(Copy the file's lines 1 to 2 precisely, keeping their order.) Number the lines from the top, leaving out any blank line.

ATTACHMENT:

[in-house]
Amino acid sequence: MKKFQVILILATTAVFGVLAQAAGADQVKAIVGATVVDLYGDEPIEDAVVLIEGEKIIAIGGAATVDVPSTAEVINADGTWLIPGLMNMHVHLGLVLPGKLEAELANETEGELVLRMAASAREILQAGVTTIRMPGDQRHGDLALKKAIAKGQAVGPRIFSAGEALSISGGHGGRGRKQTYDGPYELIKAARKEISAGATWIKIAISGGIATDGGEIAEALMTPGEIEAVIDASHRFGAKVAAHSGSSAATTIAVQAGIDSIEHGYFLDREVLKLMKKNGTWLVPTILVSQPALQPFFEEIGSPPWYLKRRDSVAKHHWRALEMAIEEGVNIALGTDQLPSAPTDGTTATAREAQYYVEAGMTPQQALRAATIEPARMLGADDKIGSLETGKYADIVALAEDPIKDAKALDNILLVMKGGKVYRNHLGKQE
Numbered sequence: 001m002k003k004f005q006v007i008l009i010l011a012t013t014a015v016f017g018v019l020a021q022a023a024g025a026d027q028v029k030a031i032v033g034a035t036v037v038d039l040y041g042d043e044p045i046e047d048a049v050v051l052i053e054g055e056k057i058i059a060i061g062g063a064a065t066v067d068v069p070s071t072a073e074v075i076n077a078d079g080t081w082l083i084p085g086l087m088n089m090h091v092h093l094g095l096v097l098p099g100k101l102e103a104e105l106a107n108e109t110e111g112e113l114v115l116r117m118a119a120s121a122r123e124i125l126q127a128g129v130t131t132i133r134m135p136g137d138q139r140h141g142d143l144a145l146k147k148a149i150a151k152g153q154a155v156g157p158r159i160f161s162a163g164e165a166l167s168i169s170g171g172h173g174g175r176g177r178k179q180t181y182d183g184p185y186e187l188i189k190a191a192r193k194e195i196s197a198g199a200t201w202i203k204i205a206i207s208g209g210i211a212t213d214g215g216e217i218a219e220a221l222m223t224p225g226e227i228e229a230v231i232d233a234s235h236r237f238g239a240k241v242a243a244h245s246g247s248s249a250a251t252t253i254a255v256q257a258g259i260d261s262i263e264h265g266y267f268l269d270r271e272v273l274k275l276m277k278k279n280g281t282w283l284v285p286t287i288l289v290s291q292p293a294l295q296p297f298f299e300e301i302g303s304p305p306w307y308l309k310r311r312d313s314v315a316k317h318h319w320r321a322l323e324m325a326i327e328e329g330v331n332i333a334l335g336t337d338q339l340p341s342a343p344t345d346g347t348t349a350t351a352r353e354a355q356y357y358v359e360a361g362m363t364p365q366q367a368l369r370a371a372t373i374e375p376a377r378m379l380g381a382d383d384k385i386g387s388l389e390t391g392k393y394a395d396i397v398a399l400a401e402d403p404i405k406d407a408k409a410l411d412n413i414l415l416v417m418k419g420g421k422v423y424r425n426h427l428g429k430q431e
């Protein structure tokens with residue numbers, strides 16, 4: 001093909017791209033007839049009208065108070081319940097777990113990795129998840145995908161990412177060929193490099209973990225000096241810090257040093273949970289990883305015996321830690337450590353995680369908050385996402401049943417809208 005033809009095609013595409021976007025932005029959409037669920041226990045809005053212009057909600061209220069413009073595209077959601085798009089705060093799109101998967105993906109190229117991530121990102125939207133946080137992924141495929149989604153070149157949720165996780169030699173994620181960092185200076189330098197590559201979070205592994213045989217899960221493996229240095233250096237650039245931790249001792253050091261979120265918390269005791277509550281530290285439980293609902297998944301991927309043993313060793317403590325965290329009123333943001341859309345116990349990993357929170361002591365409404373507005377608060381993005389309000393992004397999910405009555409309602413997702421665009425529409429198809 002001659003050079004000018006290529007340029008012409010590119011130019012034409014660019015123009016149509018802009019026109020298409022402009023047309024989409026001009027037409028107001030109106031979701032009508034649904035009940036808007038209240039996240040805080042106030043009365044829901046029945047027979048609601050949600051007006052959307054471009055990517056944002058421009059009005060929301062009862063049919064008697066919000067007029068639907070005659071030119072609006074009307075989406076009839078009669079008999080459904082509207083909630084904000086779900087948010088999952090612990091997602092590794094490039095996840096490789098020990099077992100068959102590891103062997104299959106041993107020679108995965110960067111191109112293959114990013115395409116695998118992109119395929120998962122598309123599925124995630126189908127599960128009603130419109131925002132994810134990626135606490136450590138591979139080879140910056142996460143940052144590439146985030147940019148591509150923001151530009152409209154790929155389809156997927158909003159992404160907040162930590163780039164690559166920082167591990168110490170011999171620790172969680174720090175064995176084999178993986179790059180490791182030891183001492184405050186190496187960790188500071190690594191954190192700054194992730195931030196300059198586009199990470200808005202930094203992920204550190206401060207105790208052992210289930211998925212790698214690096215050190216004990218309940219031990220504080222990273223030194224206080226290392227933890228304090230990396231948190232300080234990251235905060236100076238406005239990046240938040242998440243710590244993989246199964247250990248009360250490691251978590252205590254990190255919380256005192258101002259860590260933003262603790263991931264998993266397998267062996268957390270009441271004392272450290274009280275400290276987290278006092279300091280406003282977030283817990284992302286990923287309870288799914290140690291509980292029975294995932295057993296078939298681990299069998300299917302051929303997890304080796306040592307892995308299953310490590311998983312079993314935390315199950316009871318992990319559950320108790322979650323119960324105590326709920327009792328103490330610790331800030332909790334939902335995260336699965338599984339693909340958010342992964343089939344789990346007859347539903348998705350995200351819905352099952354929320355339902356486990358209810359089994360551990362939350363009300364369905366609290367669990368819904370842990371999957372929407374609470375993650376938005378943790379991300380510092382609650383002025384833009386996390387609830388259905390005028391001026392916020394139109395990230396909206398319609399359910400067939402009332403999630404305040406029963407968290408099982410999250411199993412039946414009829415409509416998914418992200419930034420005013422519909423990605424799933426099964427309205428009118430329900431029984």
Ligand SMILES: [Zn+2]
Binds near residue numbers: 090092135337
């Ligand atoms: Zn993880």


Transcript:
[in-house]
Amino acid sequence: MKKFQVILILATTAVFGVLAQAAGADQVKAIVGATVVDLYGDEPIEDAVVLIEGEKIIAIGGAATVDVPSTAEVINADGTWLIPGLMNMHVHLGLVLPGKLEAELANETEGELVLRMAASAREILQAGVTTIRMPGDQRHGDLALKKAIAKGQAVGPRIFSAGEALSISGGHGGRGRKQTYDGPYELIKAARKEISAGATWIKIAISGGIATDGGEIAEALMTPGEIEAVIDASHRFGAKVAAHSGSSAATTIAVQAGIDSIEHGYFLDREVLKLMKKNGTWLVPTILVSQPALQPFFEEIGSPPWYLKRRDSVAKHHWRALEMAIEEGVNIALGTDQLPSAPTDGTTATAREAQYYVEAGMTPQQALRAATIEPARMLGADDKIGSLETGKYADIVALAEDPIKDAKALDNILLVMKGGKVYRNHLGKQE